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Part of the $2.2 trillion coronavirus stimulus package that passed unanimously in the Senate late on Wednesday night is an emergency universal basic income payment of $1,200 for most every adult who makes under $75,000 a year. (According to an estimate by the conservative Tax Foundation, 93.6 percent of tax-filers will receive some sort of payment.) While progressive Democrats and voices on the left have made forceful arguments for why the one-off sum is not enough, the $1,200 is an unprecedented step in U.S. politics. And like many unprecedented additions to the safety net, for many it’s unclear how the stimulus program will translate from an idea in a bill to money in Americans’ billfolds. To help understand the stopgap measure, below is a guide on how to access the $1,200 payment, and the political conversations surrounding the historic action.
How much money is the payment?
Based on 2019 tax filings, individuals who earn up to $75,000 a year are eligible for a full $1,200 check. Prorated checks will go out to those making up to $99,000 a year, with the payment decreasing by $5 for every $100 in income above $75,000. That math breaks down to $50 less for every $1,000 earned over $75,000. So a person earning $80,000 would get a check of $950; a person earning $90,000 would get a check of $450; and a person earning $98,000 would get a check of $50.
Married couples are eligible for a check of $2,400, as long as adjusted gross income is less than $150,000 a year; reduced checks will be cut for married couples earning up to $198,000. Married couples will also receive $500 for every child under 17, while parents who file as a “head of household” — a tax status usually reserved for single parents — are eligible for the $500 per child under 17 as well, and can receive the $1,200 check if they earn less than $112,500 a year. Heads of households can get prorated checks if they earn up to $136,500.
While Senate Republicans initially pushed for low-income Americans who do not earn enough to pay an income tax to receive a check of $600, that proposal was scrapped after bipartisan criticism of the questionable logic that poor people deserve less cash during an unprecedented crisis.
How and when do I get the payment?
While Americans with Social Security numbers do not need to apply to receive the payments, the Internal Revenue Service needs to already have bank-account information on file in order to send out cash via direct deposit. For those who have not received tax refunds via direct deposit, the check will be mailed out. Treasury Secretary Steve Mnuchin said that the direct-deposit payments would be sent out within three weeks, and that those receiving actual checks would receive them a few weeks after that.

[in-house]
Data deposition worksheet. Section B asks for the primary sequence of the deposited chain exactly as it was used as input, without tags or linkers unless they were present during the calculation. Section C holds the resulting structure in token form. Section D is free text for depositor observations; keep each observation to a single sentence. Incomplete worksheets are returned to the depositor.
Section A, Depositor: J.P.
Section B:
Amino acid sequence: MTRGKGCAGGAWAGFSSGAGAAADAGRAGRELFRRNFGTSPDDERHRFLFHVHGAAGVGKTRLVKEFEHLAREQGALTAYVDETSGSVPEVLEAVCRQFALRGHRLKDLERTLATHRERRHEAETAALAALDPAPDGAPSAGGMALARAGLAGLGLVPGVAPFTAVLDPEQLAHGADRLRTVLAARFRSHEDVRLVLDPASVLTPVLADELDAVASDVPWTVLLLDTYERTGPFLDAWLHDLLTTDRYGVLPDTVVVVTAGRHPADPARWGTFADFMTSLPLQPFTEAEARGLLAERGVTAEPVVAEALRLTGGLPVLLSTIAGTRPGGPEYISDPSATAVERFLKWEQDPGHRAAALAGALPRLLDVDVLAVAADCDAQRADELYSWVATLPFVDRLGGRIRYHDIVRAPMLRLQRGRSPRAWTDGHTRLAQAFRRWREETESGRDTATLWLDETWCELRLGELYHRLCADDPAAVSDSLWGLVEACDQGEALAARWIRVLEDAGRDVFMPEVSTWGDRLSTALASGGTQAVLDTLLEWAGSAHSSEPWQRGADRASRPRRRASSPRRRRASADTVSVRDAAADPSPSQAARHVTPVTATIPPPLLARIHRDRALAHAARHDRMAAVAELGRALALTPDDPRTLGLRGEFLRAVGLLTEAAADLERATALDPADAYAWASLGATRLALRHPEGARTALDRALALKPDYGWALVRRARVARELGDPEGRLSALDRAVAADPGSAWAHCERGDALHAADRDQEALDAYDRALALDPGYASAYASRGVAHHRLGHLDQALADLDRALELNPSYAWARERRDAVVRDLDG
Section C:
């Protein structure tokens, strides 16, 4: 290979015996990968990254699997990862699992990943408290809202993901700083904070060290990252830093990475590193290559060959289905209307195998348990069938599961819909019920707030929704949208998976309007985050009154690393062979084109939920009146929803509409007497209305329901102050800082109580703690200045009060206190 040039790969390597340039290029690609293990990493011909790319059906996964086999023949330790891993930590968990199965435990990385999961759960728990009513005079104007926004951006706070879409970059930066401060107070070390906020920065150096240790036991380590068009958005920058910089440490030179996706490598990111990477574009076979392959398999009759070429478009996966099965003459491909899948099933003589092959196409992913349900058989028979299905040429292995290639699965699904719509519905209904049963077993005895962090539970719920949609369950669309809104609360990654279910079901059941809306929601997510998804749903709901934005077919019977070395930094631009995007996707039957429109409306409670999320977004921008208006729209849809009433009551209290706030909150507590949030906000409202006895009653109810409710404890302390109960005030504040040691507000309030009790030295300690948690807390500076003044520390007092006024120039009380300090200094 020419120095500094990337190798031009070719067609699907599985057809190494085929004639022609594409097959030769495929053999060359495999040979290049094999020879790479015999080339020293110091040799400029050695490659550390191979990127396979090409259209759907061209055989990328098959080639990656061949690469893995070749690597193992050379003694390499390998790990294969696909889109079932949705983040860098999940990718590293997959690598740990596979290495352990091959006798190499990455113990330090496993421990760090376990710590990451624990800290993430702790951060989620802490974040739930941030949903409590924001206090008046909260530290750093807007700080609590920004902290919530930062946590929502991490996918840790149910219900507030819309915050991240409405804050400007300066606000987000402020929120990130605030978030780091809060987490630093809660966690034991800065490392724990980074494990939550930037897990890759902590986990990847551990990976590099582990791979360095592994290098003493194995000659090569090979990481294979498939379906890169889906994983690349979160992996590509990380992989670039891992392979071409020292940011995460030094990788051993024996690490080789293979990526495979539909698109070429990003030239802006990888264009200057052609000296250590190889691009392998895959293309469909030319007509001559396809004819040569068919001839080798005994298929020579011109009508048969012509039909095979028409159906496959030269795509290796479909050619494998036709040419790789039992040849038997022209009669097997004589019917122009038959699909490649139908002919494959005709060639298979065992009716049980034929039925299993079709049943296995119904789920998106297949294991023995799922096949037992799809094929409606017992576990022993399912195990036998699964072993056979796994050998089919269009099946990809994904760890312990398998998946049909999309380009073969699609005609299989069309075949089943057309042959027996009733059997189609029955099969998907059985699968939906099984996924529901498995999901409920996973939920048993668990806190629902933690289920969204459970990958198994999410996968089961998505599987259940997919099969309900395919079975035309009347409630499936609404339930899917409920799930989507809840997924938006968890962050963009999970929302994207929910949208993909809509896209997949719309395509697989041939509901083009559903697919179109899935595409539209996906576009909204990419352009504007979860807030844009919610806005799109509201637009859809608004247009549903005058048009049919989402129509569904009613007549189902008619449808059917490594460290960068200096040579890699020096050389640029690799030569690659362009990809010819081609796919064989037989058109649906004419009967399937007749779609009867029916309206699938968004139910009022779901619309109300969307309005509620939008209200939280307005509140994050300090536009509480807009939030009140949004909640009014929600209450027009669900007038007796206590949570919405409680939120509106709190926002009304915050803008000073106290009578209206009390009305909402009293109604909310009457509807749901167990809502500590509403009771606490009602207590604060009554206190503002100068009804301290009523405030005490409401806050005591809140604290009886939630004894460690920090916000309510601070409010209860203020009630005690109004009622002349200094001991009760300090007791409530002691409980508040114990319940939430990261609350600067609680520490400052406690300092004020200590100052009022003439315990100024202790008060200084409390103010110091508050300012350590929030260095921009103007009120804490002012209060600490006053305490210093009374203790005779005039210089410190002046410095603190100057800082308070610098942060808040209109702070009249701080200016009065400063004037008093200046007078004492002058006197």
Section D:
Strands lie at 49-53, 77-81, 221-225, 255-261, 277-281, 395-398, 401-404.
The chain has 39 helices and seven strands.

What are some of the criticisms of the payment plan?
As the timeline for payment above suggests, Americans who do not have their bank information filed with the IRS — individuals who are more likely to earn less income — would see a significant delay before receiving their checks, which is unideal during an historic economic crisis in which 3.28 million individuals filed for unemployment just last week. There’s also the concern of those Americans who have not filed taxes in recent years: The IRS estimates that around 30 to 40 million adults, about 15 percent of the population, don’t file tax returns; many of these individuals are exempt because they do not earn enough to qualify for federal income taxes. In addition, New York representative Alexandria Ocasio-Cortez noted that these checks are only going to people with Social Security numbers, and not to immigrants with tax IDs.
Because the check is a one-off deal, some Senate Democrats argue that the UBI payment — together with extended unemployment benefits — is not enough to tide Americans over. While senators Michael Bennet, Cory Booker, and Sherrod Brown argued for multiple payouts based on changes in the unemployment rate, Bernie Sanders and representatives Maxine Waters, Ilhan Omar, and Rashida Tlaib pushed for monthly cash injections. “$1,200 is the average rent for most Americans,” Natalie Foster, the co-chair of the pro-UBI organization the Economic Security Project, told The Guardian. “This first check is eaten up, and what are they supposed to do after that?”